ich terminated in the brilliant victory of first Manassas. Looking southward, we see the field of Kernstown, where Stonewall Jackson first taught Shields the caution which he afterwards used with such discretion. There are the hills from which we ements by which Winchester changed hands no less than eighty-three times during the war, and we can almost see Johnston, Jackson, Stuart, Ewell, Ashby, A. P. Hill, Early, Breckinridge, Gordon, Rodes, Ramseur, Pegram, and other chieftians leading the jaunty militiaman, the disciplined regular, or the holiday soldier of times of peace, but the veteran who followed Stonewall Jackson — standing with bowed head and hands folded upon his reversed rifle. The monument is the work of Mr. Thomas Dela400 strong; survivors of Murray's company of the Maryland line, a large number of the old foot cavalry who followed Stonewall Jackson, and numbers of the men who rode with Ashby. In carriages were Governor Holliday, General John T. Morgan, of Ala
Southern Historical Society Papers, Volume 7. (ed. Reverend J. William Jones), Our fallen heroes: an address delivered by Hon. A. M. Keiley, of Richmond, on Memorial day, at Loudon park, near Baltimore, June 5, 1879. (search)
ened with patriots. It was La Vendee on the theatre of a continent. These twin sentiments, fellow citizens, love of State and love of home, were the giant arms, compensating for poverty, weakness, starvation, disaster, wounds and death, which for four immortal years bore aloft that tattered standard, which flashed athwart the pathway of the nations like a hot meteor across the tranquil courses of the stars — which floated over Stuart's knightly plume — which fell in folds of woe on Stonewall Jackson's bier, and whose last furling broke the heart of Lee. Great and powerful as our Republic is, it cannot afford to despise the strength born of these influences, or dispense with the aid of those who honor and yield to them. And let us never forget that naught but manly justice — the American love of fair play — is needed to yoke these influences, powerful and pervasive, to the burdened car of the common progress. These Southern Commonwealths have never, indeed, been famous as m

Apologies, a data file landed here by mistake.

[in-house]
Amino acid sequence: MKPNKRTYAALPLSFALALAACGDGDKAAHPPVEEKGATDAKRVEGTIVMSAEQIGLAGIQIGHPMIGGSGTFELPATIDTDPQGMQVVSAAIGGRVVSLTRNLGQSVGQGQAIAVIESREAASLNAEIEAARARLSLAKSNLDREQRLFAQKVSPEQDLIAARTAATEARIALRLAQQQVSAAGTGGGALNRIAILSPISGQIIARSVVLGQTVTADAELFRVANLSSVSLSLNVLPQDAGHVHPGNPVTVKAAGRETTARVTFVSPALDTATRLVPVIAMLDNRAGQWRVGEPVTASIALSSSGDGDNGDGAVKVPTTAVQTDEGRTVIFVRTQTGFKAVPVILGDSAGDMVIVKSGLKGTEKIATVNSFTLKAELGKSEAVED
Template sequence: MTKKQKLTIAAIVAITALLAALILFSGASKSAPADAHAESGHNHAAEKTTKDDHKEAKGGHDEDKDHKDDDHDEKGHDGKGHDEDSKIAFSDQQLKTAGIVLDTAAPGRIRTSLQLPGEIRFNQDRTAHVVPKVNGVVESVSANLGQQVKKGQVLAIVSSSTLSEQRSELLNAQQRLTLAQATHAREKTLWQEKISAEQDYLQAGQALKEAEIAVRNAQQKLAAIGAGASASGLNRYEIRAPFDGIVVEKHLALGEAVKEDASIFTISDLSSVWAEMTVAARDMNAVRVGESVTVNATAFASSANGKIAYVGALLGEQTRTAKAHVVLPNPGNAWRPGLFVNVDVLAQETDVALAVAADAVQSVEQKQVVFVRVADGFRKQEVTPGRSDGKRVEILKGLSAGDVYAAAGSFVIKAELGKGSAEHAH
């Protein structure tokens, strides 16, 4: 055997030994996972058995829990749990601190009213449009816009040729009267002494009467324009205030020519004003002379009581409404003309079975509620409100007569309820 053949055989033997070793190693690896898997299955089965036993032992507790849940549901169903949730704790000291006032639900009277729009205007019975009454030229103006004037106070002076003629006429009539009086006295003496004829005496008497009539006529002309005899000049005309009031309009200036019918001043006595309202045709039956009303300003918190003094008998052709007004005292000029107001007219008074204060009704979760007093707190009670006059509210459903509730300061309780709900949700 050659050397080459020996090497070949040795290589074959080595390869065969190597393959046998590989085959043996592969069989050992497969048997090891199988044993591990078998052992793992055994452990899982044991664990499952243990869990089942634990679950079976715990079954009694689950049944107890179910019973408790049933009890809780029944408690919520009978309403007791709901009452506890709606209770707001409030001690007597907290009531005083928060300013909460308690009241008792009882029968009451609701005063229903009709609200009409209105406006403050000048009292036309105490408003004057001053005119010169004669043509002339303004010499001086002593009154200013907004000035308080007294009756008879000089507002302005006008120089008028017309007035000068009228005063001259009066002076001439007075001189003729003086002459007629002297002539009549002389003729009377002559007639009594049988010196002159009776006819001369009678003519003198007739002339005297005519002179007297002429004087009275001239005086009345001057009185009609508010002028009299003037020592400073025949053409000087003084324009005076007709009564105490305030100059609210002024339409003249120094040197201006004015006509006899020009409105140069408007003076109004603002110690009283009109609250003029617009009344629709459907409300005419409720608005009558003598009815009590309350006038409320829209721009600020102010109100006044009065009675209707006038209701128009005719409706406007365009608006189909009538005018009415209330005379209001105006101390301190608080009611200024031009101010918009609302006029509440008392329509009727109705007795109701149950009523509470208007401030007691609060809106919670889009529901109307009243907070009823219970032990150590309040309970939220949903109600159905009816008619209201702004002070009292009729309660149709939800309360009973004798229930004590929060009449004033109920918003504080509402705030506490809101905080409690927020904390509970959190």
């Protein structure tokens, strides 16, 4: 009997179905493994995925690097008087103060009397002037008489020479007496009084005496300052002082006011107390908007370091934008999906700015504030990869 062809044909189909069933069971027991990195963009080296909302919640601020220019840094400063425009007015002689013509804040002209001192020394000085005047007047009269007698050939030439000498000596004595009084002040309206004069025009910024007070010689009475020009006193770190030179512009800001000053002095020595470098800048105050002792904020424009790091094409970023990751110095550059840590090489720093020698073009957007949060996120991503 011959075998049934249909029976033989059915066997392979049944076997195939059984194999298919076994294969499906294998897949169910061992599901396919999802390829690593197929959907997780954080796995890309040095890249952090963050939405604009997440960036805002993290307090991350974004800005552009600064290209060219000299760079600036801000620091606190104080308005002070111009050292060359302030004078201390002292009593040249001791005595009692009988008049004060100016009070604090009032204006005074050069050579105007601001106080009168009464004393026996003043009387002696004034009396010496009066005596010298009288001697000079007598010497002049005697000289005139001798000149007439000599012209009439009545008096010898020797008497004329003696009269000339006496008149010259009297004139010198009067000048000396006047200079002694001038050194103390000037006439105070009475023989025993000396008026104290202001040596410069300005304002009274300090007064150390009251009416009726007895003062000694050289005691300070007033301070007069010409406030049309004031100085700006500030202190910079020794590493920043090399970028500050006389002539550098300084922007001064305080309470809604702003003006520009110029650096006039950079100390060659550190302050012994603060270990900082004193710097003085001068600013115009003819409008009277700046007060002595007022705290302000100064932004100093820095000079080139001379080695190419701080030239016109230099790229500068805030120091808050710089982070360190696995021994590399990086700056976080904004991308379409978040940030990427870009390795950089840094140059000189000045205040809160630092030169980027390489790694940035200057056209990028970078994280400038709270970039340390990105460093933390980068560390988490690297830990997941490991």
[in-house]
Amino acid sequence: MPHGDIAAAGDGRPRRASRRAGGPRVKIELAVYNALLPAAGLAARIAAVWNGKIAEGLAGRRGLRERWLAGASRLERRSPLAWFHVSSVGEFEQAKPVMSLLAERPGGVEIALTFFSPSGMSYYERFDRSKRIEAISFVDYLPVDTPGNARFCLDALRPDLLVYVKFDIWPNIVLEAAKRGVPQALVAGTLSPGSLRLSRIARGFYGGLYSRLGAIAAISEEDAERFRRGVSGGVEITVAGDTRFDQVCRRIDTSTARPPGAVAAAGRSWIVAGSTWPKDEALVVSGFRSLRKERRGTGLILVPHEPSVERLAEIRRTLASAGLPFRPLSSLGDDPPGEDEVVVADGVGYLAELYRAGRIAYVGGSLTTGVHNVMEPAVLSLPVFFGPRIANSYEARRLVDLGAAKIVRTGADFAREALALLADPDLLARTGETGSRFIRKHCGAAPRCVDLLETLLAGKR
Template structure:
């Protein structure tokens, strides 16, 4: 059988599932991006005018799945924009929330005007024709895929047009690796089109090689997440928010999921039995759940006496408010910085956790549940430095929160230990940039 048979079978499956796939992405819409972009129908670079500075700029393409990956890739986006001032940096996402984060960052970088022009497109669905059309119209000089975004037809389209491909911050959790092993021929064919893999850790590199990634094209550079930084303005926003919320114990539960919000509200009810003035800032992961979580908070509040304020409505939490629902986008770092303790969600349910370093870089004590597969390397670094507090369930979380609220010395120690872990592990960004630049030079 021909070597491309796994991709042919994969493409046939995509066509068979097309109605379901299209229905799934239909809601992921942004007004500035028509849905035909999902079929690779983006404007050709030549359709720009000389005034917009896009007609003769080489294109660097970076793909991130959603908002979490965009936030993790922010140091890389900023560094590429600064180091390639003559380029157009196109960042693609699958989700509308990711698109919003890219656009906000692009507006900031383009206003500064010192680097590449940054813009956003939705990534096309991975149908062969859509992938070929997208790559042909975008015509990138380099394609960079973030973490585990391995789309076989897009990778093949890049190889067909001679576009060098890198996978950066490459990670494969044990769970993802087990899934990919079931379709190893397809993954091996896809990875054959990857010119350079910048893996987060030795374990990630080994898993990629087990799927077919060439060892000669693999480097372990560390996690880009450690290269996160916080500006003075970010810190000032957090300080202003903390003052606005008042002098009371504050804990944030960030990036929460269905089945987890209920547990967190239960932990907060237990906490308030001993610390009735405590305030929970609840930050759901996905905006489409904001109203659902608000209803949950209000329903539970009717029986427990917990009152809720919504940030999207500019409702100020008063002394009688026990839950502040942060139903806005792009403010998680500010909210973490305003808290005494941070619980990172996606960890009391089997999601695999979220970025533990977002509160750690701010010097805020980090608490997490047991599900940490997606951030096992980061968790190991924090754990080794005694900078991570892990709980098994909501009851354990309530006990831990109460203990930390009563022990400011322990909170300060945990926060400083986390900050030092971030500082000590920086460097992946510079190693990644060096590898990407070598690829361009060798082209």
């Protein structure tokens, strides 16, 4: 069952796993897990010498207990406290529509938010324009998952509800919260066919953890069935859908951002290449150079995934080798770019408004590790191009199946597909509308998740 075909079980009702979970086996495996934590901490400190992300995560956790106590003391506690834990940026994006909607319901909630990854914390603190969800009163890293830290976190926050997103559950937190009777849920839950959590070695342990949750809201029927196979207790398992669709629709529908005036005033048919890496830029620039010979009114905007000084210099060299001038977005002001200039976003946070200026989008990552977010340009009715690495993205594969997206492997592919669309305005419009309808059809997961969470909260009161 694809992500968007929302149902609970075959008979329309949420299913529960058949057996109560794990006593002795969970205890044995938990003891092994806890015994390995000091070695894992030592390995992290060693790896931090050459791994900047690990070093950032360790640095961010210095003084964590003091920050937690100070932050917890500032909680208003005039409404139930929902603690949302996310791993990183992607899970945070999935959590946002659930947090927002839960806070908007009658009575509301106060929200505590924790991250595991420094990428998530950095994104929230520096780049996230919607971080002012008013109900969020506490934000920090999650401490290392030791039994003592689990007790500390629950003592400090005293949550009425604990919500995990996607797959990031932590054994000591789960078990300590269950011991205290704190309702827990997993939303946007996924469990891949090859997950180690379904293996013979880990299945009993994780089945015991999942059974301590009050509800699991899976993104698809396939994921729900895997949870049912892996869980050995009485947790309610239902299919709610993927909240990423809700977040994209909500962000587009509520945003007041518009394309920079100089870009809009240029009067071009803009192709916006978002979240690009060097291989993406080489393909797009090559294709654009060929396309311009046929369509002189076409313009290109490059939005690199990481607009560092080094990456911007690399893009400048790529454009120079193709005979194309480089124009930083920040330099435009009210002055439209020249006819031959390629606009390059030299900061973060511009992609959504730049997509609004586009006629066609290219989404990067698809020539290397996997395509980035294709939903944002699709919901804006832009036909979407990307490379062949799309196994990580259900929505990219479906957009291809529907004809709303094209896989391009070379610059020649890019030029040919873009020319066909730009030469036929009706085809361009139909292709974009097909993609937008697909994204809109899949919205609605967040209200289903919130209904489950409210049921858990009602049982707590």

Southern Historical Society Papers, Volume 7. (ed. Reverend J. William Jones), The Gettysburg campaign--full report of General J. E. B. Stuart. (search)
d had two batteries of horse artillery serving with it. If, therefore, the peculiar functions of cavalry with the army were not satisfactorily performed in the absence of my command, it should rather be attributed to the fact that Jenkins' brigade was not as efficient as it ought to have been, and as its numbers (3,800) on leaving Virginia warranted us in expecting. Even at that time by its reduction incident to the campaign, it numbered far more than the cavalry which successfully covered Jackson's flank movement at Chancellorsville, turned back Stoneman from the James, and drove 3,500 cavalry under Averill across the Rappahannock. Properly handled, such a command should have done everything requisite, and left nothing to detract, by the remotest implication, from the brilliant exploits of their comrades, achieved under circumstances of great hardship and danger. Arriving at York, I found that General Early had gone, and it is to be regretted that this officer failed to take a